As I noted at the time, despite the outrage (and threats) it provoked from Democrats, that notorious health-insurance lobby report suggesting that health-insurance premiums would go up after the passage of health-care reformwas not actually intended to kill reform. Instead, the intent was to push Congress to make the individual mandate — the requirement that everyone buy the insurer's product — stronger. Here's Karen Ignagni, the head honcho at AHIP, the health-insurance group that put out the report, making the health-insurance industry's case:
Health plans continue to strongly support reform. In fact, last year we proposed new insurance market rules and consumer protections to achieve universal coverage, remove restrictions on preexisting conditions and end the practice of basing premiums on health status or gender.
Some have questioned the timing of the report's release. AHIP commissioned the report Sept. 29, as it became clear that the Finance Committee would gut the requirement that all individuals obtain coverage.
I have no issue with people who take issue with the methodology of the report; it looked rather fishy to me. But the idea that AHIP was trying to take down the reform bill is just absurd.
And while we're on the topic of Ignagni's op-ed, it's worth addressing another section. She writes:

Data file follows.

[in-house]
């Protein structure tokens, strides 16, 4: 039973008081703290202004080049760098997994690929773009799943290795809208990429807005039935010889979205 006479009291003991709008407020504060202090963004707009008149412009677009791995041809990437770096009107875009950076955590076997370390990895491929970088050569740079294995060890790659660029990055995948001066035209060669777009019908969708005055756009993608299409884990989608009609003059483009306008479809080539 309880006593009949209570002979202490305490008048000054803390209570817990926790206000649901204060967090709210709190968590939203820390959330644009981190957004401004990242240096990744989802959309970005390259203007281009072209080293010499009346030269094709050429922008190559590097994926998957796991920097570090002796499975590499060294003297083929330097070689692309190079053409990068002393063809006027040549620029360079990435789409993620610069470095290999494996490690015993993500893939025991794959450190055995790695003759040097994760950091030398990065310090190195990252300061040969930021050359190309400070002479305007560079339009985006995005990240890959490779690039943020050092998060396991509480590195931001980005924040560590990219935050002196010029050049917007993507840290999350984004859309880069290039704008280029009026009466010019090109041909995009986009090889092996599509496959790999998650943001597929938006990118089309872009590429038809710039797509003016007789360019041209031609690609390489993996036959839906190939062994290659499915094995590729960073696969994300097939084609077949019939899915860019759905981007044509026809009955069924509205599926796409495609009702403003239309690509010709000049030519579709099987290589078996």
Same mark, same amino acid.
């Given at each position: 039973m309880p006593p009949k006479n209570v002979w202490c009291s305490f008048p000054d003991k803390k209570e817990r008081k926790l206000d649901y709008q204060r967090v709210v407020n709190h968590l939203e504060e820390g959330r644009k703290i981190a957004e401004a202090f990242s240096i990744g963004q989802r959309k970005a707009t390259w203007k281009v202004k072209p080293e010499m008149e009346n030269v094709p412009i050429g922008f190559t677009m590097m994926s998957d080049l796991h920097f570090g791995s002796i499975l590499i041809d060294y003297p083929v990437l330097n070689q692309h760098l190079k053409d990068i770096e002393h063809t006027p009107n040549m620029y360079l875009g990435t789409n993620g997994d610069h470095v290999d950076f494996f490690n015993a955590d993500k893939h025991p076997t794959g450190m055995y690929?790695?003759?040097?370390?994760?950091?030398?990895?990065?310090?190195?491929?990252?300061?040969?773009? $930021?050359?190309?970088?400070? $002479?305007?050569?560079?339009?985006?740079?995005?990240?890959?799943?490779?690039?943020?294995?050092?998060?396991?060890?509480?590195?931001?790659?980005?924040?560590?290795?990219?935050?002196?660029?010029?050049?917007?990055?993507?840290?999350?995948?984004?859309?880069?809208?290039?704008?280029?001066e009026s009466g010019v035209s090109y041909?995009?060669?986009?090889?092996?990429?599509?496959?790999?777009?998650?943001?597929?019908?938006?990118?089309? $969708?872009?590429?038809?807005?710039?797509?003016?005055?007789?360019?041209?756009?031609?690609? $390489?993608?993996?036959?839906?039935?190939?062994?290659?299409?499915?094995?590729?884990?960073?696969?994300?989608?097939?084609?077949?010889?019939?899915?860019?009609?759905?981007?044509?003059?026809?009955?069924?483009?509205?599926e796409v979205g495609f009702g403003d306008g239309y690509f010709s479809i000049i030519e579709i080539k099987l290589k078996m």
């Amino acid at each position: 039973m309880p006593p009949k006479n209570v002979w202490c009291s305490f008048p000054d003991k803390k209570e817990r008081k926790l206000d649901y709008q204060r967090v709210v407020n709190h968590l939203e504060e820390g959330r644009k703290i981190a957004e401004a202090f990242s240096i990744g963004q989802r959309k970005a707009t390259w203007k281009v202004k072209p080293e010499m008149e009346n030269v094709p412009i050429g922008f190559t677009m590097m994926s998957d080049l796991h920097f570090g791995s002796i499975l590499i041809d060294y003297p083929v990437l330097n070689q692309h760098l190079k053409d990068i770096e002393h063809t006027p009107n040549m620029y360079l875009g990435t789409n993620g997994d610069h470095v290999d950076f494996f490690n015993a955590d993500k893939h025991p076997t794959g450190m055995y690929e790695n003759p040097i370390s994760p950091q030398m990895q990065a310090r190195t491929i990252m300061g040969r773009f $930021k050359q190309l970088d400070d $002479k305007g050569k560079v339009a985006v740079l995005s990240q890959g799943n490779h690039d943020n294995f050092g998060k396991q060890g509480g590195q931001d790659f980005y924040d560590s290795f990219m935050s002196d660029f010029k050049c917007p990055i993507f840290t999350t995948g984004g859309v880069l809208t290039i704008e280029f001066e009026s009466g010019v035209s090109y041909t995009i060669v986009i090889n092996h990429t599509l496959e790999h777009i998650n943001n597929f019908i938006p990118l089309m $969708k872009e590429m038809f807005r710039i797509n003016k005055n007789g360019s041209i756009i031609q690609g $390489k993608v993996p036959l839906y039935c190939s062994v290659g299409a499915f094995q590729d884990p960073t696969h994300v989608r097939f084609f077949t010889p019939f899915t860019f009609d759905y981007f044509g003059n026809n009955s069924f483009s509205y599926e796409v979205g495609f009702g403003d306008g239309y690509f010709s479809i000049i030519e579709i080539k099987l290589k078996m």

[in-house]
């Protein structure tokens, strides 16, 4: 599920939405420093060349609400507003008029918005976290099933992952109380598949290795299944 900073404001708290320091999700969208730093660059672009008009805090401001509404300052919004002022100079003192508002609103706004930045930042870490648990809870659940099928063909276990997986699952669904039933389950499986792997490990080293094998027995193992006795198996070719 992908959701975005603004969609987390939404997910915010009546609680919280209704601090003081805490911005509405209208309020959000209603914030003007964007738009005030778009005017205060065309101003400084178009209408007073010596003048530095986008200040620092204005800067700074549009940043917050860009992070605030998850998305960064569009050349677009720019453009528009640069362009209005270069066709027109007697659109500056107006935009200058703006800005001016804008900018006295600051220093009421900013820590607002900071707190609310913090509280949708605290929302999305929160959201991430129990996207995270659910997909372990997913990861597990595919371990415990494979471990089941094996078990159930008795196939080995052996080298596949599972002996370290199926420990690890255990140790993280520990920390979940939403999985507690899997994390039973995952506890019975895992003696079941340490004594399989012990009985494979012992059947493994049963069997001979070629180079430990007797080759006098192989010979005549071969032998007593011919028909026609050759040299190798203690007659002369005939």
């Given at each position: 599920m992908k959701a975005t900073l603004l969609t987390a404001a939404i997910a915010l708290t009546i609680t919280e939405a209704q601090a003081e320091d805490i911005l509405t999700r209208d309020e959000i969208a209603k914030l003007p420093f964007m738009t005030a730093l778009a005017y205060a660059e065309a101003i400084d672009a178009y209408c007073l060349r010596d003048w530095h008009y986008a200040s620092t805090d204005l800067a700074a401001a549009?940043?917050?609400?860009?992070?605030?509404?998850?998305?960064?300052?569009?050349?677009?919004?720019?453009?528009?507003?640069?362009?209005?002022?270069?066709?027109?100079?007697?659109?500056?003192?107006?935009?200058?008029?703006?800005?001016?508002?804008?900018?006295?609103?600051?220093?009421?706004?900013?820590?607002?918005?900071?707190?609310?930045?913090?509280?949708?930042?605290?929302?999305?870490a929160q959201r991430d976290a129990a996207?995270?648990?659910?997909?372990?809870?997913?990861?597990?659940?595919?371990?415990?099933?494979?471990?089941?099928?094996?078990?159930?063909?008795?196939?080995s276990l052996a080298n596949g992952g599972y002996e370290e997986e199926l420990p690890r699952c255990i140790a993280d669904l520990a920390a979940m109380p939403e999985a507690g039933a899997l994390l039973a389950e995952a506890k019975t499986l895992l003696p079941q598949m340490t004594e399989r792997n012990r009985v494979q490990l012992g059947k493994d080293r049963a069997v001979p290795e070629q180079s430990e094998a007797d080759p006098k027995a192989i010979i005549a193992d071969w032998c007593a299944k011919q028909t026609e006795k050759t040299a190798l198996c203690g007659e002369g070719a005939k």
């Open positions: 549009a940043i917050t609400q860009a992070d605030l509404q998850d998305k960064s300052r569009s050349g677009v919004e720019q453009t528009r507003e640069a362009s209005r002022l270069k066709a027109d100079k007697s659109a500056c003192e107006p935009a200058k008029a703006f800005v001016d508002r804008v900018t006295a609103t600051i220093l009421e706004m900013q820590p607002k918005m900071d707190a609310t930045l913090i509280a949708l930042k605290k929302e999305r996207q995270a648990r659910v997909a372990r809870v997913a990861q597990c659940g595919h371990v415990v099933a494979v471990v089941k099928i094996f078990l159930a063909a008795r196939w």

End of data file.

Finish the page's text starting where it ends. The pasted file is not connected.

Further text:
The report's central finding has long been noncontroversial in health policy and economic circles: namely, that implementing reforms of the insurance market without a strong requirement that everyone participate will cause adverse selection and significantly increase costs for individuals and small businesses.
Well, it's certainly true that insurance market reforms like guaranteed issue and community rating have a long history of driving up insurance premiums. And it's also true that the insurance industry has for years pushed the idea that those reforms are only workable with a strong mandate. But, as I've pointed out before, the mandate isn't necessarily a cure-all. Massachusetts, the one state with a mandate, has the highest health-insurance premiums in the nation, and even supporters are worried that public health-care costs are rising so quickly that they may threaten the continued existence of the state's universal-insurance system.